February 07, 2020
2 min read

GI bleeding may increase cancer risk in AF with anticoagulation

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Peter Vibe Rasmussen

Bleeding in the lower gastrointestinal tract increased risk for incident colorectal cancer in patients with atrial fibrillation who were treated with oral anticoagulants, according to a study published in the European Heart Journal.

“Our study provides the clinically relevant findings of high absolute risks of colorectal cancer associated with lower gastrointestinal bleeding in patients with atrial fibrillation treated with oral anticoagulants,” Peter Vibe Rasmussen, MD, medical doctor and PhD fellow at University Hospital Herlev-Gentofte in Hellerup, Denmark, told Healio. “These data provide strong arguments that a history of blood in the stool in patients treated with oral anticoagulants is something we should worry about. As such, our findings underline the critical point that patients with gastrointestinal bleeding should always be offered meticulous clinical examination irrespective of treatment with oral anticoagulants.”

Anticoagulation in Danish patients

Researchers analyzed data from 125,418 Danish patients (median age, 73 years; 58% men) diagnosed with AF or atrial flutter between 1996 and 2014 and were free from colorectal cancer at the time of inclusion. These patients were treated with oral anticoagulation including warfarin, rivaroxaban (Xarelto, Janssen/Bayer), phenprocoumon, apixaban (Eliquis, Bristol-Myers Squibb/Pfizer) or dabigatran (Pradaxa, Boehringer Ingelheim). The primary outcome was a colorectal cancer diagnosis.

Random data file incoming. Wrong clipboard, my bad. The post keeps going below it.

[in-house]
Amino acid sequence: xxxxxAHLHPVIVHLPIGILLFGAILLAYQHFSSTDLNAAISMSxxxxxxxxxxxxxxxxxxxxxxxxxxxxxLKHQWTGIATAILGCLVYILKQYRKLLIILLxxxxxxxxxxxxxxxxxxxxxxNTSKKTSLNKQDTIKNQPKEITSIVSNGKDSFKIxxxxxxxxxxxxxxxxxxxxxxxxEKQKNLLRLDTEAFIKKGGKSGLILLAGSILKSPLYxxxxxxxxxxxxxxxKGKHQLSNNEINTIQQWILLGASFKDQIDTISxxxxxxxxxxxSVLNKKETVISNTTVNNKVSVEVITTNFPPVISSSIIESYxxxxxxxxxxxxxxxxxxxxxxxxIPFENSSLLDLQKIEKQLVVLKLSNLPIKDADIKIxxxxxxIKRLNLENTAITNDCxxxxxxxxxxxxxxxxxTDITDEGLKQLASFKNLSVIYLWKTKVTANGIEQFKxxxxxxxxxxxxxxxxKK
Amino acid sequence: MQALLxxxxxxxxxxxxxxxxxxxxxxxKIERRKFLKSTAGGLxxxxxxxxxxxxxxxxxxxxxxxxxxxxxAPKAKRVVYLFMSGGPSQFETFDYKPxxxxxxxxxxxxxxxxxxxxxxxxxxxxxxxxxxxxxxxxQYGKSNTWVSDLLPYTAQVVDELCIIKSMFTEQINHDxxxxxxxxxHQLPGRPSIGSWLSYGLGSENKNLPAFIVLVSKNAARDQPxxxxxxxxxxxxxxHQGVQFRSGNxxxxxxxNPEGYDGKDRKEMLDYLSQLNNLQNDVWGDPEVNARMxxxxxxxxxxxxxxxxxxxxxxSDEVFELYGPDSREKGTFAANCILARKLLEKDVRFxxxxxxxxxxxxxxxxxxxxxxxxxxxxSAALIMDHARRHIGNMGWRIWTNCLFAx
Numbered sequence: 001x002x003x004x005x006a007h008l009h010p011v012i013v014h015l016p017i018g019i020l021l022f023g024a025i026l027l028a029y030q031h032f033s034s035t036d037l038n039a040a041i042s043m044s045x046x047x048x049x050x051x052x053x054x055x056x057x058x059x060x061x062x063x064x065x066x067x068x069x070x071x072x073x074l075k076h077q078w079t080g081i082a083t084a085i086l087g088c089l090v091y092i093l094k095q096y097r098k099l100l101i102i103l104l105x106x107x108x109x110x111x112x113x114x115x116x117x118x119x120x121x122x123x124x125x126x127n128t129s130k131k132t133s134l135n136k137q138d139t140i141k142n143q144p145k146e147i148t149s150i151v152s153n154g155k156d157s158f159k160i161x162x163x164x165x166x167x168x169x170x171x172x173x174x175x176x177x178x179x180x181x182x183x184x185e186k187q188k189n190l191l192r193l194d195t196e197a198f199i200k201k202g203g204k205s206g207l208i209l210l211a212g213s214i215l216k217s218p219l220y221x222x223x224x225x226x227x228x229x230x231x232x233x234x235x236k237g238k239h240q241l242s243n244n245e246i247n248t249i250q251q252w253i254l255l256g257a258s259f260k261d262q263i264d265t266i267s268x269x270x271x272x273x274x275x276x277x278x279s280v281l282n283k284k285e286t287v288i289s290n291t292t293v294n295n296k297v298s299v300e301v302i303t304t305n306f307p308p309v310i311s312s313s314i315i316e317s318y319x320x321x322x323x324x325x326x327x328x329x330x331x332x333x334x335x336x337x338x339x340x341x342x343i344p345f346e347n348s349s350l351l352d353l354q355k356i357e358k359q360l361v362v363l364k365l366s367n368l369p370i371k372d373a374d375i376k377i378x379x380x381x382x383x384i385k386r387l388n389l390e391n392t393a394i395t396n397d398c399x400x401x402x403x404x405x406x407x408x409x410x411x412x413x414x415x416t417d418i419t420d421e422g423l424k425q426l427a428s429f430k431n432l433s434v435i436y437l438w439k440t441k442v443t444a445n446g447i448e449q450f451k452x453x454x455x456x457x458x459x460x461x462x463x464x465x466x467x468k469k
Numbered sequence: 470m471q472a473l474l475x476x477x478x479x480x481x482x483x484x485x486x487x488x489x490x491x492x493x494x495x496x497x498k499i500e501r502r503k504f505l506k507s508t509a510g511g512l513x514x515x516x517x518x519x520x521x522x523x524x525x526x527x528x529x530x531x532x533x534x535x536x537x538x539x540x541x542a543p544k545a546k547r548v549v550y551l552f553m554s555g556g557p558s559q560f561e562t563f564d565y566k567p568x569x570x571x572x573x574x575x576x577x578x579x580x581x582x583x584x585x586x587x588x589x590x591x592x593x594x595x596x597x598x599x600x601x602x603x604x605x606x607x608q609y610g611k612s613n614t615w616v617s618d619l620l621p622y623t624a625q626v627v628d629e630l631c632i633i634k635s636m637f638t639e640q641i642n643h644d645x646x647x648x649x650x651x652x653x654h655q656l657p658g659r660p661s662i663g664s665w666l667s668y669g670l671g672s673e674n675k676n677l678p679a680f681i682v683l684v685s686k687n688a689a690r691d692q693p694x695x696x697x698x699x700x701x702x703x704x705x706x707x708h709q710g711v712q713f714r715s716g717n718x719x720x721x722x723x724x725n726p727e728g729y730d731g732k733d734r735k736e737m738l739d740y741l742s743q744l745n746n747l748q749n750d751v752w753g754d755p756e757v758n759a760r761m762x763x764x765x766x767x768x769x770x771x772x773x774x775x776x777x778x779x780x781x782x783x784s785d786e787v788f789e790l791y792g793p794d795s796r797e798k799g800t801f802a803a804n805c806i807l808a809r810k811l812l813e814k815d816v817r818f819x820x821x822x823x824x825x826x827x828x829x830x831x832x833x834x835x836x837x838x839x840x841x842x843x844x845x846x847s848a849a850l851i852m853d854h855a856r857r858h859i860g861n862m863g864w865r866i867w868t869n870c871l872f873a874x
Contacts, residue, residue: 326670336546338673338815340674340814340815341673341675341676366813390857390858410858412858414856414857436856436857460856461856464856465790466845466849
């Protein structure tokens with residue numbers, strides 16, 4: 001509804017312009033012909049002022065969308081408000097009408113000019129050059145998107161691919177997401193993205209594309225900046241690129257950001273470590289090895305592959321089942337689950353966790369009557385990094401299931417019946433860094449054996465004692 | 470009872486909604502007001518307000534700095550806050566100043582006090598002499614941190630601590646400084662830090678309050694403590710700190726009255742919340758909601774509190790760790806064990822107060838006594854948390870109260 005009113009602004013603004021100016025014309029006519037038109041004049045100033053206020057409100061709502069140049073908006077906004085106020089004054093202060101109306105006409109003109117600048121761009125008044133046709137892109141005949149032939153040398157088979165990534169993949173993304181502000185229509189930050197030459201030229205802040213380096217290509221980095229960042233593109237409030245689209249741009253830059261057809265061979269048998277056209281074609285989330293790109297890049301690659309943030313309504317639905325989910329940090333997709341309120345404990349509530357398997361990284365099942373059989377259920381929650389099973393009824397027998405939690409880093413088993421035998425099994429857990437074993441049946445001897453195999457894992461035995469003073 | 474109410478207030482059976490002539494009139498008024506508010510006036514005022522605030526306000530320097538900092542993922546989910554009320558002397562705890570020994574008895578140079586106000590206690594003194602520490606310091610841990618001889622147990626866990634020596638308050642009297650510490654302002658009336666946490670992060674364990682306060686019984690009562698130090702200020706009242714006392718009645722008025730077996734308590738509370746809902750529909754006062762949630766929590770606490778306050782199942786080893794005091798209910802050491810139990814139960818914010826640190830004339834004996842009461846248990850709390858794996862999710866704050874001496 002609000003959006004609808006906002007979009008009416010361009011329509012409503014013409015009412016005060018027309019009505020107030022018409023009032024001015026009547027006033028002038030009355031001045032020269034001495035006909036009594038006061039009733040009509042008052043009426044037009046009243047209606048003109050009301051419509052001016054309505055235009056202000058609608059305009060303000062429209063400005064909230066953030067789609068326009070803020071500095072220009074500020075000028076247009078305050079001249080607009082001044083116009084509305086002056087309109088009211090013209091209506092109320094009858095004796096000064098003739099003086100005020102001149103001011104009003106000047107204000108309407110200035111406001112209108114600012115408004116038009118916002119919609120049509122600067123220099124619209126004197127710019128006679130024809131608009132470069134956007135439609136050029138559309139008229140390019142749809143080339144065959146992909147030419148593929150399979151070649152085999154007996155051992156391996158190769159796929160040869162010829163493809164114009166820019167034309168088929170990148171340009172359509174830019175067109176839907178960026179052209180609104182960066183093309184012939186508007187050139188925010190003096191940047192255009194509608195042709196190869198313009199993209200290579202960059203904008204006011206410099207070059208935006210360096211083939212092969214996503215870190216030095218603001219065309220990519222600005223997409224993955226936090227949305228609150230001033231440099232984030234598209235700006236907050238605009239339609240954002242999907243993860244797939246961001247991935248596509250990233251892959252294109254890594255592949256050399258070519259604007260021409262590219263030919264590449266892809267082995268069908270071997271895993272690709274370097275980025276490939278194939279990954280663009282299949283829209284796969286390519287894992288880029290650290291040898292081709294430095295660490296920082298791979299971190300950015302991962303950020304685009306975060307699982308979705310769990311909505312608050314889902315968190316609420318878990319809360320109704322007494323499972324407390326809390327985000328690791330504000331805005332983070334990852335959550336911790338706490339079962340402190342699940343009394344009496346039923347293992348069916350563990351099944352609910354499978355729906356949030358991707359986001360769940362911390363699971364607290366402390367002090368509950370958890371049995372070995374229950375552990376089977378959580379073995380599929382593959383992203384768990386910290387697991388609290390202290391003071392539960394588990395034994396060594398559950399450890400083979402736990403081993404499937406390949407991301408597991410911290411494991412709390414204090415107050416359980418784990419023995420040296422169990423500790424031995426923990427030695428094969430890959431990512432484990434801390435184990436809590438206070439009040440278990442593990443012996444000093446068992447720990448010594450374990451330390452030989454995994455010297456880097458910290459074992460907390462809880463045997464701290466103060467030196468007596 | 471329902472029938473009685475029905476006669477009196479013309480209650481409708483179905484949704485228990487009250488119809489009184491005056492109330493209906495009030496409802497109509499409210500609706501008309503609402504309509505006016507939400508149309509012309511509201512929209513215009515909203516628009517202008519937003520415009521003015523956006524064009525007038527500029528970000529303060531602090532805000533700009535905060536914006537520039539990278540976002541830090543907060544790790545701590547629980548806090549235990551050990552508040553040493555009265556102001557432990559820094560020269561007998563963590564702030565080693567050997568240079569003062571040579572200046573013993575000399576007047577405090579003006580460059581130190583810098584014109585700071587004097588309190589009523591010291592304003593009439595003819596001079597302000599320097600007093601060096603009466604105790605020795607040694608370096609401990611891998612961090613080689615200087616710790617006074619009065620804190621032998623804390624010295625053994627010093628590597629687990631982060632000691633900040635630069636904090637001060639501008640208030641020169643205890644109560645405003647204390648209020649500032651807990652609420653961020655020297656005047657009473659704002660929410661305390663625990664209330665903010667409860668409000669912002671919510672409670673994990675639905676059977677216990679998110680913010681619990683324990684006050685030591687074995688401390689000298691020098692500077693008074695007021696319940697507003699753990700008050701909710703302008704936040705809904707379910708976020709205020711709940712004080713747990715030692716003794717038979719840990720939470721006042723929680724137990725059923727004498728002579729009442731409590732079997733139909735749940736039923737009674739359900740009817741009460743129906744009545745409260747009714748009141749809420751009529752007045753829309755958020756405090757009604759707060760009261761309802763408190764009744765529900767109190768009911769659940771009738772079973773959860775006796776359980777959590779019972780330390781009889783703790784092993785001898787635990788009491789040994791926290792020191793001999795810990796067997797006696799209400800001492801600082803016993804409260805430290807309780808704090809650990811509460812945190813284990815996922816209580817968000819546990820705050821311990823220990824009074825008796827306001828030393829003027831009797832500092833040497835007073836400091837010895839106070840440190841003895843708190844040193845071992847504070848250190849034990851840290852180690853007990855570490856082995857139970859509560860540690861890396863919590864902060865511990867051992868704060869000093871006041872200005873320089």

Lower gastrointestinal (GI) bleeding occurred in 2,576 patients during a maximum follow-up of 3 years. Of these patients, 140 were diagnosed with colorectal cancer within 1 year after lower GI bleeding.

The risk for colorectal cancer after lower GI bleeding increased in all age groups. The absolute 1-year risk for colorectal cancer ranged from 3.7% in patients younger than 65 years (95% CI, 2.2-6.2) to 8.1% in those aged 76 to 80 years (95% CI, 6.1-10.6). In contrast, the 1-year risk for colorectal cancer in patients who did not bleed ranged from 0.16% in those younger than 65 years (95% CI, 0.15-0.16) to 0.53% in those aged 75 to 80 years (95% CI, 0.55-0.87).

Compared with patients without bleeding, lower GI bleeding increased RRs for colorectal cancer in those aged 65 years and younger (RR = 24.2; 95% CI, 14.5-40.4) and in patients older than 85 years (RR = 12.3; 95% CI, 7.9-19).

“A valuable next step would be to compare the stages of cancer in patients diagnosed after bleeding with and without treatment with oral anticoagulants,” Rasmussen said in an interview. “Thus, testing whether bleeding induced by oral anticoagulants is associated with an increased probability of being diagnosed in an early stage of the disease.”

Patient education

Rasmussen added how this serves as a good opportunity to educate patients. He said, “We believe that this study provides an opportunity to remind us that educating and informing our patients is of importance. Patients should be informed when initiating treatment with anticoagulants, that blood in the stool should always lead to consulting a physician and not ignored as merely a benign consequence of treatment.” – by Darlene Dobkowski

For more information:

Peter Vibe Rasmussen, MD, can be reached at peter.vibe.rasmussen@gmail.com.

Disclosures: The study was supported by Bristol-Myers Squibb and Pfizer. Rasmussen reports no relevant financial disclosures. Please see the study for all other authors’ relevant financial disclosures.